As shown in Table 2, the association with the RNF146; ECHDC1 region at 6q22 was the strongest and most consistent in this study. The association with rs2180341, rs6569479, rs6569480, and rs7776136 was initially found in the familial study and confirmed in the subsequent supporting studies, including the aggregate analysis of all 1,442 cases and 1,465 controls in the study where the P value for the allele frequency test was 2.9 × 10−8 for rs2180341. The major haplotype (H1) composed of the four SNPs was found to be protective at ≈5.53 × 10−5 level of significance (OR 0.564, 95% CI 0.422–0.752) (Table 3). This haplotype was confirmed in phase 2 at a significance threshold of 4 × 10−5 with nearly identical ORs and 95% CIs as the familial study (data not shown). Because of the high linkage disequilibrium (LD) in the region (see Fig. 2), it could not be determined whether the signal was arising from the RNF146 or the ECHDC1 gene.

Table 3.
Haplotype statistics using rs2180341, rs6569479, rs6569480, and rs7776136 in the RNF146; ECHDC1 locus
Fig. 2.
Significant linkage disequilibrium in the region at 6q22.33 associating with breast cancer in AJs. (A) A 200-kb window. (B) A 500-kb window. A and B show triangle plots using the 101 AJ controls. Red filled triangles represent a D′ of 1. The intensity ...

There were also several other loci identified in phase 1 with associations and P values in the range of 10−3 to 10−6, which were confirmed in phase 2 with P values on the order of 10−2 and aggregate P values from 10−4 to 10−5 (data not shown). Other than FGFR2, these additional loci are not among the associations reported in prior WGAS (18, 19). These loci included 4q32.1, 3p21.31, 10q22.3, 17q25.3, and 5q12.2. Among these, the most significant P value found in the familial study was 5.7 × 10−6 for SNP rs6449674 at 5q12.2, but this SNP had only a marginally significant P value (0.06) by χ2 test of the allele frequencies in phase 2 (Table 2). Call rates for this SNP were high in the final stage (99.48%), genotype frequencies were in HWE in both cases and controls, and allele frequencies were stable in controls, suggesting that the relatively low relative risk associated with this SNP (and those surrounding it) may require larger studies to provide more accurate risk estimates. Analysis of additional SNPs surrounding this locus and the other loci yielded both protective and increased risk haplotypes (T.K. and B.G., unpublished work), but no haplotype thus far analyzed approaches the level of significance of the signal arising from the locus near the RNF146 and ECHDC1 genes.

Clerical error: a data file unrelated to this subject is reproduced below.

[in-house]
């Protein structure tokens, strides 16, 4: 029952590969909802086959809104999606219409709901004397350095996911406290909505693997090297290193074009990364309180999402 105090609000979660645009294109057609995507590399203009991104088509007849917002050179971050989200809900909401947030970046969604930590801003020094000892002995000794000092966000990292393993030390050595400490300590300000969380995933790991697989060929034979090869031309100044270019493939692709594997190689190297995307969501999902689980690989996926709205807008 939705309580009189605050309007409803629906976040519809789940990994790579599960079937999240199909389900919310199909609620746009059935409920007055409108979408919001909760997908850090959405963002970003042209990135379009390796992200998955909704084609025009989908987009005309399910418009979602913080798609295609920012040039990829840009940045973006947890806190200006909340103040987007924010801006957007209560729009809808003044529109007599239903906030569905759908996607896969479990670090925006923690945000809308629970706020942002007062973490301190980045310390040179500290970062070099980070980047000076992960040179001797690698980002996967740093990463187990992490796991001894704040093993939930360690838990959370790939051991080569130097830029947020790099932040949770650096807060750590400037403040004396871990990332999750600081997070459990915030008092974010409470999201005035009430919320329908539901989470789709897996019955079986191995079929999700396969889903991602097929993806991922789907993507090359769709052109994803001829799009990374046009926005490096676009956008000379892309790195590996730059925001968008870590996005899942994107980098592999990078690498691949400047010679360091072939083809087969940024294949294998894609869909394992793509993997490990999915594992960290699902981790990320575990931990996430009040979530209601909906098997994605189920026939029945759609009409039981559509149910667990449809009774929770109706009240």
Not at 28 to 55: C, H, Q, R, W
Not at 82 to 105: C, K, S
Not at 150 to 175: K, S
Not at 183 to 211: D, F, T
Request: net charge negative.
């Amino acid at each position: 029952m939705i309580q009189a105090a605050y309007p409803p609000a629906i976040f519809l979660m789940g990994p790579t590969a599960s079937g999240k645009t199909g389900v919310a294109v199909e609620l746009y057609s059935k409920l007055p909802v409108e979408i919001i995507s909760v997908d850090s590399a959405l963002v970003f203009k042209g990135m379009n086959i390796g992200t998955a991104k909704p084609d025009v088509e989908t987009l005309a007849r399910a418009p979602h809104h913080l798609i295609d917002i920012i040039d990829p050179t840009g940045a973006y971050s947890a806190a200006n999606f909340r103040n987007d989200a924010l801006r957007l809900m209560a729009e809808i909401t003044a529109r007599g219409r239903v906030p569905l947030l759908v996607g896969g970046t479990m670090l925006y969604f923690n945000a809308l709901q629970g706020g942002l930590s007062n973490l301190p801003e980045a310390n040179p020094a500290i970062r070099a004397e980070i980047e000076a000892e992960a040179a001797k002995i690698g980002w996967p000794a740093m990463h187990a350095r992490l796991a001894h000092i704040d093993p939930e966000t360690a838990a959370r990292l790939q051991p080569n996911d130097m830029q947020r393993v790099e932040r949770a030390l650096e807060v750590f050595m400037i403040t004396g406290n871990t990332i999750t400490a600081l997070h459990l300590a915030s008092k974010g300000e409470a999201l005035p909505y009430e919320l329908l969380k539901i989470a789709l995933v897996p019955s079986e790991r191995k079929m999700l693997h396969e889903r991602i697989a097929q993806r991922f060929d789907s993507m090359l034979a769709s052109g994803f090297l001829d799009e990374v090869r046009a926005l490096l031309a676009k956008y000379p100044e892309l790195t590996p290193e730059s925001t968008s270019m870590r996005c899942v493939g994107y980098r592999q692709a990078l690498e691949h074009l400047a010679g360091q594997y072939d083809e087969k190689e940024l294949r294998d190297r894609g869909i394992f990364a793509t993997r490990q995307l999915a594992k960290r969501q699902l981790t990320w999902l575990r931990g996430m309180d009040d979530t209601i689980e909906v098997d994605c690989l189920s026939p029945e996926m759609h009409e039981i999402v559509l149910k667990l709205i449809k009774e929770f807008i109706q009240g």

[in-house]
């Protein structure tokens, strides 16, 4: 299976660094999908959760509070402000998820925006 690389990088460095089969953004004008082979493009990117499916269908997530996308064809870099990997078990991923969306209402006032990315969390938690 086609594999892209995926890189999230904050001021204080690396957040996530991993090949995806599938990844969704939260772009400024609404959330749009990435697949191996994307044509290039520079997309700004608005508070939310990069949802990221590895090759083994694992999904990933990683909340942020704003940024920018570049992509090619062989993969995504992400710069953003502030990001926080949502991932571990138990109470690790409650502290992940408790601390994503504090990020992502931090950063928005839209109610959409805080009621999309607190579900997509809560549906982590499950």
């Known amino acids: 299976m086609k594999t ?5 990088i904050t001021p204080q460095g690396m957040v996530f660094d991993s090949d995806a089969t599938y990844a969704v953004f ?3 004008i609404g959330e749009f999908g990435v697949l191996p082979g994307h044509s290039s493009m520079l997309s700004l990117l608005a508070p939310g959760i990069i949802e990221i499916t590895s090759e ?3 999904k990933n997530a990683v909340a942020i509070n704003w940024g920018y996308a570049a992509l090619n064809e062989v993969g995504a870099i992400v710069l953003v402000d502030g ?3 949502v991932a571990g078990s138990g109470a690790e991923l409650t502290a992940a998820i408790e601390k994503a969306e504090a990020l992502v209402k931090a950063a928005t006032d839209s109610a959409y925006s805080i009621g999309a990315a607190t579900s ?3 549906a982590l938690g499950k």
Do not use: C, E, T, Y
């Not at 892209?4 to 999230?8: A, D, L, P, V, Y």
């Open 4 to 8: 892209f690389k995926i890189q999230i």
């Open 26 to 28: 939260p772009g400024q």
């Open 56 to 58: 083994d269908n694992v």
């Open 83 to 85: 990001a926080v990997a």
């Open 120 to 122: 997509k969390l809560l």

Discussion

This study constitutes the second whole-genome analysis to date of a large number of kindreds with multiple cases of familial breast cancer and wild-type BRCA mutation status. Compared with the study of Easton (18), where 390 familial breast cancer cases were screened with 227,876 SNPs, here, we used 249 familial breast cancer cases at approximately the same SNP density. In contrast to the Easton study, this study was performed on a relatively isolated population, AJs, in which we have demonstrated a significant increase in power to detect founder mutations in other genes (20). A principal components analysis (PCA) was also applied as an exclusion criteria for the familial study, in contrast to genomic control or a statistical-significance adjustment criterion method.

We have compared our results with the National Cancer Institute Cancer Genetic Markers of Susceptibility (CGEMS) study in which DNA from 1,183 postmenopausal sporadic breast cancer cases were typed against 1,185 individually matched controls from the Nurses Health Study (19) and have also sought to reconcile the observations of Easton (18) detailing numerous statistically significant associations emerging from an experimental design similar to ours. Our study noted a risk locus in the region of chromosome 6q22.33, not seen in the Hunter et al. (19) study, whereas we also confirmed the breast cancer association with the FGFR2 locus noted in the two prior studies. Easton et al. (18) implicated 10 SNPs in seven other genomic regions as associated with breast cancer risk. Three of the SNPS in that study were in or near the TNRC9 locus on chromosome 16q. In our familial study, there were two reliable SNPs (rs3803662 and rs3112625) with allele P values in the range of P ≈ 0.01, however, these were on the 5′ end of the gene, and in the Hunter et al. (19) study, there was only one SNP within 200 kb of TNRC9 that was significant, with P ≈ 0.02 (rs8049226) by using an allele test. Similarly, at the MAP3K1 locus on chromosome 5q, where Easton reported P values in the range of 10−6 to 10−20 (18), we saw no significant SNPs by allele test, and Hunter found only one SNP (rs726501) with a P value in the range of P ≈ 0.01 by allele test (19). Near the LSP1 region, our data showed two SNPs (rs3817198, rs498337) with P values in the range of P ≈ 0.01 by allele test, where Easton reported P values in the range 10−5 to 10−9 (18); the Hunter et al. (19) data provided evidence for one SNP (rs7120258) in the region with a P value ≈0.01. In the nearby H19 region on chromosome 11p, where Easton et al. (18), reported P values in the range 0.01–10−5, we saw no signal, whereas Hunter found two SNPs (rs7120258, rs7578974), with association P values in the range of 0.01, with one additional SNP, rs217228, with a P value in the range of 0.02 (19). Thus, with the exception of the common findings regarding the FGFR2 locus, there is relatively little overlap in findings between each of the two published studies and the current study.